In Simmons v. Yeager Property Inc., the Plaintiff was injured when tripping over a difference in height between a concrete landing and a patio deck. The Defendant had a sign which read, “watch your step please”, however the words “watch step” were faded, and were difficult to read. Although the Plaintiff was mostly liable for the accident, the Court did find the Defendant to be 25% liable for allowing some of the words on the sign to fade. The British Columbia Court of Appeal would eventually overturn this ruling. Please click here for the judgment.
 In my opinion, the presence of white paint demarcating the patio step was not a sufficient warning, as the patio step was quite different in nature from the both the front and back stairs, and it was also sloping along its edge so that its height varied from two to four inches. In addition, with a patio table and chairs in front of it, the entire painted edge may not have been visible to customers approaching from the back stairs as the plaintiff did. As the defendants must have considered, it was necessary to specifically alert customers to the presence of this step with warning signs. Here, the warning sign that was most visible to the plaintiff was ineffective due to wear and tear.
 The plaintiff says that the measures taken by the defendants after this incident, which were easily done and inexpensive, show that the previous measures were insufficient to make the premises reasonably safe. As with evidence of prior safe use, evidence of what is done after the fact is also a factor to consider in assessing whether the area at the time of the incident was reasonably safe. After the fact conduct is not an admission of negligence, but it may establish that measures were taken which converted an unsafe area into a reasonably safe one, and it may also establish the ease or difficulty with which a risk may have been avoided: see Cahoon at para. 21; O’Leary v Rupert, 2010 BCSC 240 at paras. 47-48.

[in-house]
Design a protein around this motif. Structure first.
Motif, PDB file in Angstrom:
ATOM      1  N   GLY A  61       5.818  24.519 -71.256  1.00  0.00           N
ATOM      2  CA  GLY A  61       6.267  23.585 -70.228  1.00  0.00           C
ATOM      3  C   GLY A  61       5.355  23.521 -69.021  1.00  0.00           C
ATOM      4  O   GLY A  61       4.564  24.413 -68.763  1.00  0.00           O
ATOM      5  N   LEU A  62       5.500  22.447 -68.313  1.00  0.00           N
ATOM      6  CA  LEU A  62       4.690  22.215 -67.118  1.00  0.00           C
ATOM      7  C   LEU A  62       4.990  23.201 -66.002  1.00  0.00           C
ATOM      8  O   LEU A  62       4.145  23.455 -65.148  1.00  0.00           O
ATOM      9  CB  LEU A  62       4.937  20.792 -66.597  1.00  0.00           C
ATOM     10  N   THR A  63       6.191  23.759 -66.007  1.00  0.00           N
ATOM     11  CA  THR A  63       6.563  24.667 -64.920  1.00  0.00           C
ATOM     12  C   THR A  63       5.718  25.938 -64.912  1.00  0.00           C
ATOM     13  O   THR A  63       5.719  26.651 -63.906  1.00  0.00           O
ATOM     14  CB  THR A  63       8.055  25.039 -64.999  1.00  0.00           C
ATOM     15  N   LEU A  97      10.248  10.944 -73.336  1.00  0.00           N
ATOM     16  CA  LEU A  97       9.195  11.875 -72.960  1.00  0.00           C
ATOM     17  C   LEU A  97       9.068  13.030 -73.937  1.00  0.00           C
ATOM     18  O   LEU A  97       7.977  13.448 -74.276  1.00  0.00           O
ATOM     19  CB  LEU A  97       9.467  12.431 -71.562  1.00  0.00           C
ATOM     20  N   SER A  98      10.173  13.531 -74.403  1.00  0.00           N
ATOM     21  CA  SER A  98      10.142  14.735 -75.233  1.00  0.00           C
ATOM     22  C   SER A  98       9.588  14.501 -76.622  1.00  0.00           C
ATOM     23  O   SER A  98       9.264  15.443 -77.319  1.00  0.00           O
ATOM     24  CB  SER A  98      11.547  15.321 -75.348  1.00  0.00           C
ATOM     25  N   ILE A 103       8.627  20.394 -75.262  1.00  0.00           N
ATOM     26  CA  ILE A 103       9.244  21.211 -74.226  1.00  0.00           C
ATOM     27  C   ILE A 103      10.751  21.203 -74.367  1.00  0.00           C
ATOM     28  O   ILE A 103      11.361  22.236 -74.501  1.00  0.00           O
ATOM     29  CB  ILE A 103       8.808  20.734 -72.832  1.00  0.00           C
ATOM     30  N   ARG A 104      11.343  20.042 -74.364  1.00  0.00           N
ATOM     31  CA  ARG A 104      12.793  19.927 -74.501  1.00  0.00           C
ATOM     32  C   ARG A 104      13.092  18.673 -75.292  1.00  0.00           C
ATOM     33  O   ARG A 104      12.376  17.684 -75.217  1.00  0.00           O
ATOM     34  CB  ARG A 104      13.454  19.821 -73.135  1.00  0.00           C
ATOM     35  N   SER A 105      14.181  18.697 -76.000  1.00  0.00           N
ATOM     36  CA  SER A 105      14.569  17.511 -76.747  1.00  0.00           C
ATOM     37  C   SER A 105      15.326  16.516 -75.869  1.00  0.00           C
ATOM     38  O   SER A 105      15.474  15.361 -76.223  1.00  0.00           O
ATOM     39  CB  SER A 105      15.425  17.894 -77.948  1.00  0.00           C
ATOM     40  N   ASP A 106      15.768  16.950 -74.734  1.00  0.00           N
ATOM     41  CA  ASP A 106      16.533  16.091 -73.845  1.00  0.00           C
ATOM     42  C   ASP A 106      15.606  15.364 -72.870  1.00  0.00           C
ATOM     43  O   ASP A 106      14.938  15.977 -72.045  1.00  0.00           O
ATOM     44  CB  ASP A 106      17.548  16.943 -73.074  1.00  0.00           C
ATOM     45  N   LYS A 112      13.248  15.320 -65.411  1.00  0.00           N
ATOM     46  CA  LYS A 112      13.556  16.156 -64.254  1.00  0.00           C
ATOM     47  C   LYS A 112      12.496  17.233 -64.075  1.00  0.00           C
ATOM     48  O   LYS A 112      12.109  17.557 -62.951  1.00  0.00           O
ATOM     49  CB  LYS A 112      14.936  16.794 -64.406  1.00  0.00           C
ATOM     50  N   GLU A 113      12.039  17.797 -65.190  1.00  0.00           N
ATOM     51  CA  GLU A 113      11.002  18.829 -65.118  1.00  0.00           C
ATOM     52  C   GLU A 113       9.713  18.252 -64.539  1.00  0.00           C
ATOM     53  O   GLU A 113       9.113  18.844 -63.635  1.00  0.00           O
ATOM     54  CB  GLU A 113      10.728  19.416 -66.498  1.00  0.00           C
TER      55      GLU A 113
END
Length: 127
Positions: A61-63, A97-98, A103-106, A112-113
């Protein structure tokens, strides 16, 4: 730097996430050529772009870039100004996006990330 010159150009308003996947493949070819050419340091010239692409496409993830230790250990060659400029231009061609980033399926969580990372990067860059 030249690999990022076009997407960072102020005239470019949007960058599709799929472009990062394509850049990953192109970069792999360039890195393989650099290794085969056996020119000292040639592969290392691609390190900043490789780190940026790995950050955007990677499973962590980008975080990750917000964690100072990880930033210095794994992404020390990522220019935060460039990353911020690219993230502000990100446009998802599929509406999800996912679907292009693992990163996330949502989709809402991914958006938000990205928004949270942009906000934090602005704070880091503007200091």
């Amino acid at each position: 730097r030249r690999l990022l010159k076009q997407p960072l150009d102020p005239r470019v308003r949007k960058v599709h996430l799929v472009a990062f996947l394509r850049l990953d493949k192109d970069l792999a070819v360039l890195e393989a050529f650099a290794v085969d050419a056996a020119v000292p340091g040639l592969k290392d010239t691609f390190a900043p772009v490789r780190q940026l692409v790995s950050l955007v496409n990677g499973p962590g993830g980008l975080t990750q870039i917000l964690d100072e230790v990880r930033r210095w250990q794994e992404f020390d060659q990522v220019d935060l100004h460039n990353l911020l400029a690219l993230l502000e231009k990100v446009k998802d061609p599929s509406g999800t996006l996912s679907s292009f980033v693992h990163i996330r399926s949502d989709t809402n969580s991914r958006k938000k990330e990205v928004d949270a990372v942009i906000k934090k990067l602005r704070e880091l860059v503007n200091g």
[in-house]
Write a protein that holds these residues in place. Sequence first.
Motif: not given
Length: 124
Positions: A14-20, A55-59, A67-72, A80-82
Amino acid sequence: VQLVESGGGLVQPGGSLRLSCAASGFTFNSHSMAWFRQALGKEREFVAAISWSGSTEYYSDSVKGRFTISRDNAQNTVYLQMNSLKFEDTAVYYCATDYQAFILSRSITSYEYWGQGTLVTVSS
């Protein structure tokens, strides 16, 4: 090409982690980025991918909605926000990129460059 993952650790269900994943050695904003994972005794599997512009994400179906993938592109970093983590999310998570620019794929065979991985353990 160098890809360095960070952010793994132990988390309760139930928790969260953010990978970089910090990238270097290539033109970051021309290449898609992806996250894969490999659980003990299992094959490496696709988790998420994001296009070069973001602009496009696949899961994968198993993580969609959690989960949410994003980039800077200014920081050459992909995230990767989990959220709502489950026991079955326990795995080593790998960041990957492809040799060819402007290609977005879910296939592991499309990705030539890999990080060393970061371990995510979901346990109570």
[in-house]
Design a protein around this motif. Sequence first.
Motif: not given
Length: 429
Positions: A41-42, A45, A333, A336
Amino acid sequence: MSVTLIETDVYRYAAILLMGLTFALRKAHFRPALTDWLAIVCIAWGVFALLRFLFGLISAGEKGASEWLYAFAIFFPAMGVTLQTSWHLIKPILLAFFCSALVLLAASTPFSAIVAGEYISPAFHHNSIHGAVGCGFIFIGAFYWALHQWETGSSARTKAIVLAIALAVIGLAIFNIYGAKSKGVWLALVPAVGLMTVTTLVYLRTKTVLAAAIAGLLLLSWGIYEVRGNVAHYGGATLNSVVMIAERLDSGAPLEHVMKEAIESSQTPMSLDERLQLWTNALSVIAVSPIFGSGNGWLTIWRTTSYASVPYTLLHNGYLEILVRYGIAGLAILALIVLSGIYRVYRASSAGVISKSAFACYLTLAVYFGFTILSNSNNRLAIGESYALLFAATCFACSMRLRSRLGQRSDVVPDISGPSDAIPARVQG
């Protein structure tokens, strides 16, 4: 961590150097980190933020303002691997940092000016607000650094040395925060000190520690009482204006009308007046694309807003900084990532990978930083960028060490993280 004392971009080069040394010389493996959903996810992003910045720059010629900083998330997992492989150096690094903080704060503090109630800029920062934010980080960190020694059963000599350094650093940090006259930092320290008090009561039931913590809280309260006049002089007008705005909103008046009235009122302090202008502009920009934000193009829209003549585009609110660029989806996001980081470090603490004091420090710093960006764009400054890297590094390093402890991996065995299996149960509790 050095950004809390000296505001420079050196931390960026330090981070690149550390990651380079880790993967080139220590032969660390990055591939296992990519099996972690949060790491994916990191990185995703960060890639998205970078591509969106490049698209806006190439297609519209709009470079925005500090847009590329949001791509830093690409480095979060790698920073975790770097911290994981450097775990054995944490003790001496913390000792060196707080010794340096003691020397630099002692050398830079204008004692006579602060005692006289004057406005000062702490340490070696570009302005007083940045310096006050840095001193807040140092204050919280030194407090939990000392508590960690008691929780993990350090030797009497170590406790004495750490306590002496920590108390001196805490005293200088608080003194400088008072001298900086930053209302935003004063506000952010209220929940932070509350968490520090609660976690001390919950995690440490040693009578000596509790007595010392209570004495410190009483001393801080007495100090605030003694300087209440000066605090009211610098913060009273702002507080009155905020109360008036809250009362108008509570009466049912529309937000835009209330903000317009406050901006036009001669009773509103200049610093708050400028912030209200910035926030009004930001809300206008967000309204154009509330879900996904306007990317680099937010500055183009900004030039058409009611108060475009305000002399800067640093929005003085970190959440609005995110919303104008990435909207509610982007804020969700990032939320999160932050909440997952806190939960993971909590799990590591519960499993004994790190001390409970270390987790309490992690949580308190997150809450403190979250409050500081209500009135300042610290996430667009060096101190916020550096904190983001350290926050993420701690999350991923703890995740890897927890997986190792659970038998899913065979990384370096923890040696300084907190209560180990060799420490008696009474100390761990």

In re-painting the edges of all stairs and the patio step in yellow paint, and replacing the red, black and white warning signs with yellow and black signs, the defendants enhanced the safety of the premises. However, other than replacing the faded warning sign, I do not consider that these changes show the previous measures to have been insufficient to alert customers to the change in level at the patio step.
 I find that the ineffective warning sign is evidence of a prima facie breach of the Occupiers Liability Act. In these circumstances, the defendants may refute the breach by leading evidence that they had put into place a reasonable system of inspection and maintenance that was being followed at the time of the accident: Newsham at para. 131, citing Atkins v. Jim Pattison Industries Ltd. (1998), 61 BCLR (3d) 183; and Davis v Kin’s Farm Market (Lynn Valley), 2010 BCSC 677.